Figure 2: Knee soft tissue defect-lateral aspect

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Figure 3: Peninsular Flap which will be transposed through an adequate tunnel

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  Discussion Top


To reconstruct the soft tissue defects around the knee is considered to be a challenge for the plastic surgeon because of the specific requirements needed for the reconstruction around the knee joint. The method used for reconstruction should be easy, reproducible, and reliable with minimal morbidities at the donor site. The donor tissue should have thin, pliable, stretchable, and sensate skin, and the undersurface should be nonadhesive so that the knee function of flexion and extension is not compromised.[1] Various flaps have been described for the coverage of these defects around the knee, such as local (muscle, fasciocutaneous, perforator) flaps, cross-leg flap, or free flap.[2] The most commonly used muscle for the coverage of the defects at this area is Gastrocnemius, which was first reported by Barfod et al. in 1970.[4] This muscle flap is very easy to execute and very reliable. The lack of innervation and unacceptable cosmetic result (bulky and contour deformity) are the unfavorable points against the use of muscle flaps.[4]

The results of the local fasciocutaneous flap are not always satisfactory, because they are usually random pattern flaps with compromised vascularity at the tip; so, many a times, distal necrosis occurs at the site where they are needed most. So, subsequent healing compromises the knee joint functions and appearance.[5]

Perforator flaps (medial sural artery perforator flap, anterior tibialis artery perforator flap, reversed anterolateral thigh perforator flap, the pedicled vastus medialis perforator) are also the popular reconstructing method for repairing the skin defects around the knee, because these flaps do provide thin, pliable skin and so meet most of the requirements of reconstruction in the knee area. Cosmesis after the application of these flaps is excellent, and the donor site morbidity is also very less. However, lack of sensations, requirement of Doppler to localize a suitable size perforator nearby the defect, and long, relatively tedious dissection are the main disadvantages of such flaps.[6],[7]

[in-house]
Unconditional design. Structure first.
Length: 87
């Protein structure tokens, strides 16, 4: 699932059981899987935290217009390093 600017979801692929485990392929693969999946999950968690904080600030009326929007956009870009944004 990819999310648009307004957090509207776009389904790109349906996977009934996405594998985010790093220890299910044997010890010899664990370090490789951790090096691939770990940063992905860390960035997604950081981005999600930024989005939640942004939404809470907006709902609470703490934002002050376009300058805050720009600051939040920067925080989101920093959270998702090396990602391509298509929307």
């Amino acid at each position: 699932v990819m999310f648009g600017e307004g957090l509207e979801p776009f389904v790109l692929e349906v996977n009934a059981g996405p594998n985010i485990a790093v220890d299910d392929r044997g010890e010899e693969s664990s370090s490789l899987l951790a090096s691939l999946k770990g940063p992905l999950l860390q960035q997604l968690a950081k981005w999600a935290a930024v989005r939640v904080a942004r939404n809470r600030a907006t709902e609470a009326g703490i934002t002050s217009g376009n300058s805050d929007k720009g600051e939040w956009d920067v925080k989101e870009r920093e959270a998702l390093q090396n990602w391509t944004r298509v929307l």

Microvascular reconstruction[8] of the defects around knee joint area is another good option. It is a single-stage procedure but the requirement of the special equipments, such as microscope, and expertise of the surgeon are the drawbacks. Moreover, the finding of the suitable recipient vessels at the site is also a challenge.

Cross-leg flaps are not used, because much better reconstructive options exist. Though this flap is very reliable, it has a lot of disadvantages. Because it is a staged procedure, it requires immobilization for at least 3 weeks which further predisposes the patient for joint stiffness and risk of deep vein thrombosis. Hence, this flap should only be used as a last resort or when other options are not feasible.[1]

The proximally based sural fasciocutaneous flap, which we have used in our study, has certain advantages, because its tissue is thin and pliable, and the undersurface of the flap allows easy gliding of the knee joint. It is very reliable flap and can be easily extended in to the mid third of the leg and has long pedicle with the good arc of rotation to increase its reach easily to distal thigh as well.[9]

Other advantages of the flap are that it is very easy to raise, takes little time to raise and execute it, and does not require microsurgical skills and tedious dissection of the pedicle. In addition, because this flap is thin and sensate, it provides good cosmetic appearance of the site and range of movements of the knee joint is also not affected.[2],[3],[9]